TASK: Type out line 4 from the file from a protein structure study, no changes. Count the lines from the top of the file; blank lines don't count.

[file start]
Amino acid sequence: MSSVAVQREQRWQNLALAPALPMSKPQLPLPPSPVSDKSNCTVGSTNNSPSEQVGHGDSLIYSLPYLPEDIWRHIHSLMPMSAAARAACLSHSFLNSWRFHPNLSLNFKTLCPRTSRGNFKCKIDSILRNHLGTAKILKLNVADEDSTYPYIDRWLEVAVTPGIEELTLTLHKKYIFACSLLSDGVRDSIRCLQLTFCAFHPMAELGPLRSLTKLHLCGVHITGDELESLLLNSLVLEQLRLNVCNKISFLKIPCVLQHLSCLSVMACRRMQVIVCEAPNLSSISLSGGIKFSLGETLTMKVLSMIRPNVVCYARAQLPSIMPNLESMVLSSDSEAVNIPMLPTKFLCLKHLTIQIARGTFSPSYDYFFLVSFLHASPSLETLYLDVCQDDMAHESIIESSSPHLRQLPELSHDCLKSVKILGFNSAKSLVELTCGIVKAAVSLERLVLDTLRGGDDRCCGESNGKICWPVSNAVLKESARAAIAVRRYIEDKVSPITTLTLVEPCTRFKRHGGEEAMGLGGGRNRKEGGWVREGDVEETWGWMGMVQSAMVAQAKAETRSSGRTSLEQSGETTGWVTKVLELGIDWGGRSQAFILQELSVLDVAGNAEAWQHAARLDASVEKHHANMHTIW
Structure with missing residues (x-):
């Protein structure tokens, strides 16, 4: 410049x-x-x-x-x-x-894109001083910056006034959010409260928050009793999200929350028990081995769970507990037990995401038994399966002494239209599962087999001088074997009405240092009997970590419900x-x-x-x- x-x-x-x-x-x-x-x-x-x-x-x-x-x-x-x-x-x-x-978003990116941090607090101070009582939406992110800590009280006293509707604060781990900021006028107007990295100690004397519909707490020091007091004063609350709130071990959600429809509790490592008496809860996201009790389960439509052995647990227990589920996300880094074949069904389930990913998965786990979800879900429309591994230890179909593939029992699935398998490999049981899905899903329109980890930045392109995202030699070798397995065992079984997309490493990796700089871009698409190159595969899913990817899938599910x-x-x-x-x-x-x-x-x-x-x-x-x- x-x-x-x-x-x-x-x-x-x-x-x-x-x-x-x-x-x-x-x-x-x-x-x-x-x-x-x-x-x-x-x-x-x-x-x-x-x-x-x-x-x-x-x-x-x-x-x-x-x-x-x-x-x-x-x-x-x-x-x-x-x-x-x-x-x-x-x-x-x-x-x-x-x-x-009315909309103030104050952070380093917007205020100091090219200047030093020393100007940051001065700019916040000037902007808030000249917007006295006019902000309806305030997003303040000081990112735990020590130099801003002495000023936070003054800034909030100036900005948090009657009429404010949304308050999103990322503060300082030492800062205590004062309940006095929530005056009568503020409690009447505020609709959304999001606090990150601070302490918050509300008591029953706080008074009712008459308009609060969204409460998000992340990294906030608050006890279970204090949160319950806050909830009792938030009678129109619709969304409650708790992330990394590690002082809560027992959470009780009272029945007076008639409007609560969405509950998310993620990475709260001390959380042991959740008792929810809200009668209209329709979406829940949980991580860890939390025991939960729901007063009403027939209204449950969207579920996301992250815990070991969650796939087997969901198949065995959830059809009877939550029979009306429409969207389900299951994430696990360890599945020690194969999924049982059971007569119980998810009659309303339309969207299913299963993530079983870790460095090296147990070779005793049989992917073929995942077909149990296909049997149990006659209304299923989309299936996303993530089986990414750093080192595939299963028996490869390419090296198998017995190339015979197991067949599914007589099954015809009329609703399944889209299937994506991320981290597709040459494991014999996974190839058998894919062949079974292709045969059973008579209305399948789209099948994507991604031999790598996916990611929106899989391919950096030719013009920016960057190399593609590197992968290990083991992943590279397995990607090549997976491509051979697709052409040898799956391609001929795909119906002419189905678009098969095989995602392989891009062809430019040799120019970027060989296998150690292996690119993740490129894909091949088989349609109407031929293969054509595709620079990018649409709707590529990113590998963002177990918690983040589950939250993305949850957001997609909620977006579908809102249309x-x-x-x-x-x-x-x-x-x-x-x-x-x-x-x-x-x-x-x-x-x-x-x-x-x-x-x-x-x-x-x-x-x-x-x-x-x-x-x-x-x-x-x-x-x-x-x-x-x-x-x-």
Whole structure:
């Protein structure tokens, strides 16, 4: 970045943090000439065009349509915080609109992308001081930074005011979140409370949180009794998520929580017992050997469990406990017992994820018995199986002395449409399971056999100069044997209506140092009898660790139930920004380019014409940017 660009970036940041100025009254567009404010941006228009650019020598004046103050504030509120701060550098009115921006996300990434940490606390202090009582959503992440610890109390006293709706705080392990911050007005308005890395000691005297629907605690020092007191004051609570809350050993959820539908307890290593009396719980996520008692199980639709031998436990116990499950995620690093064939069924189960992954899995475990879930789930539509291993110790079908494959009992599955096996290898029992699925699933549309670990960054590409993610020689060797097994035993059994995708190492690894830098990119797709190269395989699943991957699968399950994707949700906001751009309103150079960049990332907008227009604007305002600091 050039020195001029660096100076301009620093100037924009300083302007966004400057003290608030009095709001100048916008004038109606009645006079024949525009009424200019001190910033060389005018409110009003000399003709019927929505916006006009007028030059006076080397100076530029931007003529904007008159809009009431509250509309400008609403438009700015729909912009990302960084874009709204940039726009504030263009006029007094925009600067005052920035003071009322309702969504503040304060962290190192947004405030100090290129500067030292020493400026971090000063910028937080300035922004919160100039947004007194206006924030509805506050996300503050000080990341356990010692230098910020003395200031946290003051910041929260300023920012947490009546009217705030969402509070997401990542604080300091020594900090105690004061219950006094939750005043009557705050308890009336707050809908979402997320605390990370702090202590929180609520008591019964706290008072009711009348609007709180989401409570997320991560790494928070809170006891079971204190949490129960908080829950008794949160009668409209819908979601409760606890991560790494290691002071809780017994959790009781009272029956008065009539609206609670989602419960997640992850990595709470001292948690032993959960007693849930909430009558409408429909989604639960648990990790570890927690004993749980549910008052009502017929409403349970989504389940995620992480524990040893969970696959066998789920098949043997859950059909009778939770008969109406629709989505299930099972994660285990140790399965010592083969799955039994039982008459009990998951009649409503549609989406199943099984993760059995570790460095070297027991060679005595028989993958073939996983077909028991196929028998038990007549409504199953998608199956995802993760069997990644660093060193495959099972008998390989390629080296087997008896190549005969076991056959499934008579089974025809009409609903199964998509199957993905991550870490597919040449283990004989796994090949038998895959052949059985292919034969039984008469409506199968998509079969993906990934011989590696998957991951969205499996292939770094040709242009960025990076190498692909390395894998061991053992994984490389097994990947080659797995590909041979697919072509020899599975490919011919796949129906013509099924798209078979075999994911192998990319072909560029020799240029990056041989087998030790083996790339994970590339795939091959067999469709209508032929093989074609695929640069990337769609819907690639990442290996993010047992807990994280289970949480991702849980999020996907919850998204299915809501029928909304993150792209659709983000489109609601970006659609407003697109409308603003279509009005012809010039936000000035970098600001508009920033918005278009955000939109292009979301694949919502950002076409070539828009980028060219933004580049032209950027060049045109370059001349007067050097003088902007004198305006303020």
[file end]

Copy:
Whole structure: